Researchers have claimed bioenergy with carbon capture and storage (BECCS) could allow the world to reverse global warming.
The team, from Chalmers University of Technology in Sweden, say the technology can reverse the global warming trend and push temperatures back below the global target of 2°C above pre-industrial levels, even if current policies fail and the world initially overshoots this target.
In a paper published in journal Environmental Research Letters today, the researchers show that if BECCS is implemented on a large-scale along with other renewable energy sources, temperature increases can be as low as 1.5°C by 2150.
Co-author of the study, Professor Christian Azar, said: “What we demonstrate in our paper is that even if we fail to keep temperature increases below 2°C, then we can reverse the warming trend and push temperatures back below the 2°C target by 2150.
“To do so requires both large-scale use of BECCS and reducing other emissions to near-zero levels using other renewables, mainly solar energy, or nuclear power.”
BECCS is a greenhouse gas mitigation technology based on bioenergy that produces fuel for power plants or transportation while simultaneously removing carbon dioxide from the atmosphere.
Trees and crops give off carbon dioxide when they are burnt as fuel, but also act as a carbon sink as they grow beforehand, absorbing carbon dioxide from the atmosphere. These two processes cancel each other out, resulting in net zero emissions of carbon dioxide.
When combined with carbon capture and storage – techniques that aim to pull carbon dioxide out of the flue gases from power plants and redirect it into geological storage locations – the overall carbon dioxide emissions are negative. If applied on a global scale, this could help to reverse global warming.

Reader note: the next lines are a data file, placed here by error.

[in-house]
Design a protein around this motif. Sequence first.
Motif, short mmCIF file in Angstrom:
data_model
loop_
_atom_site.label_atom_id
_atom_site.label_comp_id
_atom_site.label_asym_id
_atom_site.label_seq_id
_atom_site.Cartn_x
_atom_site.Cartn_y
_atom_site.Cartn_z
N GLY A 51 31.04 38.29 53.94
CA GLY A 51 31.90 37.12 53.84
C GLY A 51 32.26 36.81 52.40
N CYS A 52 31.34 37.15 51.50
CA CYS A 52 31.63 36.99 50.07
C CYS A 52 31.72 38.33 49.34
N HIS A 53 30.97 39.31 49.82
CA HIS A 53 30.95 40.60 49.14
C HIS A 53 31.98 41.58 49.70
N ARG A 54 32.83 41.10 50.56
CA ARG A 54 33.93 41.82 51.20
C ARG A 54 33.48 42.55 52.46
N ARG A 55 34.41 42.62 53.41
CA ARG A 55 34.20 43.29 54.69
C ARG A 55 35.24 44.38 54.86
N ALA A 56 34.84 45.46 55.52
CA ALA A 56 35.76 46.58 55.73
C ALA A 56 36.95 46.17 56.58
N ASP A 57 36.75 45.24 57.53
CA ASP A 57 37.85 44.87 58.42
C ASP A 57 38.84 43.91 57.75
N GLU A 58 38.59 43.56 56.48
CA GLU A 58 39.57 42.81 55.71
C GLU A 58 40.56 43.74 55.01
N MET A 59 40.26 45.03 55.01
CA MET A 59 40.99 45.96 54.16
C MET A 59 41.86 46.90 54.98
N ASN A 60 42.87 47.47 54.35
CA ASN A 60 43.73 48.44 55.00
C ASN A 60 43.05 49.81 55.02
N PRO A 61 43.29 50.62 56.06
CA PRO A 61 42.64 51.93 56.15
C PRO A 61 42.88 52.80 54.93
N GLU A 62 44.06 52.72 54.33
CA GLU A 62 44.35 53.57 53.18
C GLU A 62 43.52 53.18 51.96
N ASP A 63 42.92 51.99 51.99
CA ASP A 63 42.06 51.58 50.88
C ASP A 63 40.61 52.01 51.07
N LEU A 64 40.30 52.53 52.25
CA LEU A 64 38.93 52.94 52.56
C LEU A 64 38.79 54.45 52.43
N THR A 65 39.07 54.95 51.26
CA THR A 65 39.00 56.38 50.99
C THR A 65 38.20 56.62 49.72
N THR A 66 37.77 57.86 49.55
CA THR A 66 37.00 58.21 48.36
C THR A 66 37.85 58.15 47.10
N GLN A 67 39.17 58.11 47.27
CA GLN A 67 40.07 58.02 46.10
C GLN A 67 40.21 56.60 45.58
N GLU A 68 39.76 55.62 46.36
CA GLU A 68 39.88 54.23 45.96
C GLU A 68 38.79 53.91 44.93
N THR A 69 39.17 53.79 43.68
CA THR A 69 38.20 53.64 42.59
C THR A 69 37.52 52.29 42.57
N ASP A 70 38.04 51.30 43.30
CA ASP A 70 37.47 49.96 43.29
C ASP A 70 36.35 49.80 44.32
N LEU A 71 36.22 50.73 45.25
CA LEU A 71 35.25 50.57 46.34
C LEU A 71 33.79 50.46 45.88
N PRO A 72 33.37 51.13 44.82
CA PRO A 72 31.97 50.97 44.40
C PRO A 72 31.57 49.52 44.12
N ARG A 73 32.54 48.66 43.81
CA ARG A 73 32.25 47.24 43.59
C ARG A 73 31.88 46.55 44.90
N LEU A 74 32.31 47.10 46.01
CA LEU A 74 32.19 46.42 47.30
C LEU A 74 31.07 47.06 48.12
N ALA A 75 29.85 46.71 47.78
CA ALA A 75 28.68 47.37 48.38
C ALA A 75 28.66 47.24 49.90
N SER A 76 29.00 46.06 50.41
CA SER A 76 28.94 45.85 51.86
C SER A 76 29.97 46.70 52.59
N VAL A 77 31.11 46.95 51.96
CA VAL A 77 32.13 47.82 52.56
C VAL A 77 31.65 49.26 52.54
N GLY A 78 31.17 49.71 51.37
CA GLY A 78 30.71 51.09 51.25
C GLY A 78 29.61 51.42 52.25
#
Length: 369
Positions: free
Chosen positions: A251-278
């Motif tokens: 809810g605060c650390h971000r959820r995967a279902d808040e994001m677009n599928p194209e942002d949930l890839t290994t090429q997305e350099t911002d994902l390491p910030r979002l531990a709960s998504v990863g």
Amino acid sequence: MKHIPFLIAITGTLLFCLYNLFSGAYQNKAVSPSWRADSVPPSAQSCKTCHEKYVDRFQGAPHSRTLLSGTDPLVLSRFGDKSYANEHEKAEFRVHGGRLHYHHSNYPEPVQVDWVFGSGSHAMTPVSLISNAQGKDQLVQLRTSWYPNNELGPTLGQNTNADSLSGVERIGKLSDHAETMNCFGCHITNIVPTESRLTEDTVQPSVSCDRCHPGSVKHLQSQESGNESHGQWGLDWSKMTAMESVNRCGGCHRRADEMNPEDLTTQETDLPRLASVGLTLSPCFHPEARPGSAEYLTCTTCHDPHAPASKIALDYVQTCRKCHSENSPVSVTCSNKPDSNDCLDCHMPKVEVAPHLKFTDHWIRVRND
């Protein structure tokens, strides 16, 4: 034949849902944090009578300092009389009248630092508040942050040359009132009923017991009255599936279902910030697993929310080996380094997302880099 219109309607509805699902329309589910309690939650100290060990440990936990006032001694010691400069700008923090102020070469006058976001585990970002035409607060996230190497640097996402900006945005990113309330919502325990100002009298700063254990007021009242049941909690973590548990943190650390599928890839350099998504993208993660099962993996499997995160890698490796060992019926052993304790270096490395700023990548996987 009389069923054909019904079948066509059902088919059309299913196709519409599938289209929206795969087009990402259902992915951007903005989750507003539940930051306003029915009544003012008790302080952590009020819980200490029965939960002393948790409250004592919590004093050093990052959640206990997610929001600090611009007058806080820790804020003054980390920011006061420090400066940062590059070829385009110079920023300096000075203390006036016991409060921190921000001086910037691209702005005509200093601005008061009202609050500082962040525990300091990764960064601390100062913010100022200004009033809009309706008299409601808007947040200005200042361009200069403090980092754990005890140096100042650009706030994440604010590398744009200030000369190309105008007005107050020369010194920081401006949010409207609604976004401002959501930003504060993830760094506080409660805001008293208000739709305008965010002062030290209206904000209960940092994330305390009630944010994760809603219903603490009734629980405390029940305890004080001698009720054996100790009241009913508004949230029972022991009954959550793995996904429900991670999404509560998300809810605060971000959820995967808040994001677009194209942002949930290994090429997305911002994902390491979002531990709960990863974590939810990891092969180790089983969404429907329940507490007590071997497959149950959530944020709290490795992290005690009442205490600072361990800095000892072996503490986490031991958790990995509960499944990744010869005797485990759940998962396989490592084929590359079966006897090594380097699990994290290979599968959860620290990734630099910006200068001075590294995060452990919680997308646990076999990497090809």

In their study, the researchers developed an integrated global energy system and climate model that enabled them to assess the most cost-effective way forward for a given energy demand scenario and temperature target.
They found that stringent temperature targets can be met at significantly lower costs if BECCS is implemented 30 to 50 years from now, although this may cause a temporary overshoot of the 2°C target.
“The most policy relevant implication of our study is that even if current political gridlock causes global warming in excess of 2°C, we can reverse the temperature trend and reach targets later. This means that 2°C targets or even more ambitious targets can remain on the table in international climate negotiations,” Azar said.
But, the authors caution against interpreting their study as an argument for delaying emission reductions in the near-term.
Azar said: “BECCS can only reverse global warming if we have net negative emissions from the entire global energy system. This means that all other CO2 emissions need to be reduced to nearly zero.
“Also, temperatures can only be reduced by about 0.6°C per century, which is too slow to act as an 'emergency brake' if climate damages turn out to be too high. The more we reduce emissions now, the more ambitious targets we can achieve in the long term, even with BECCS.”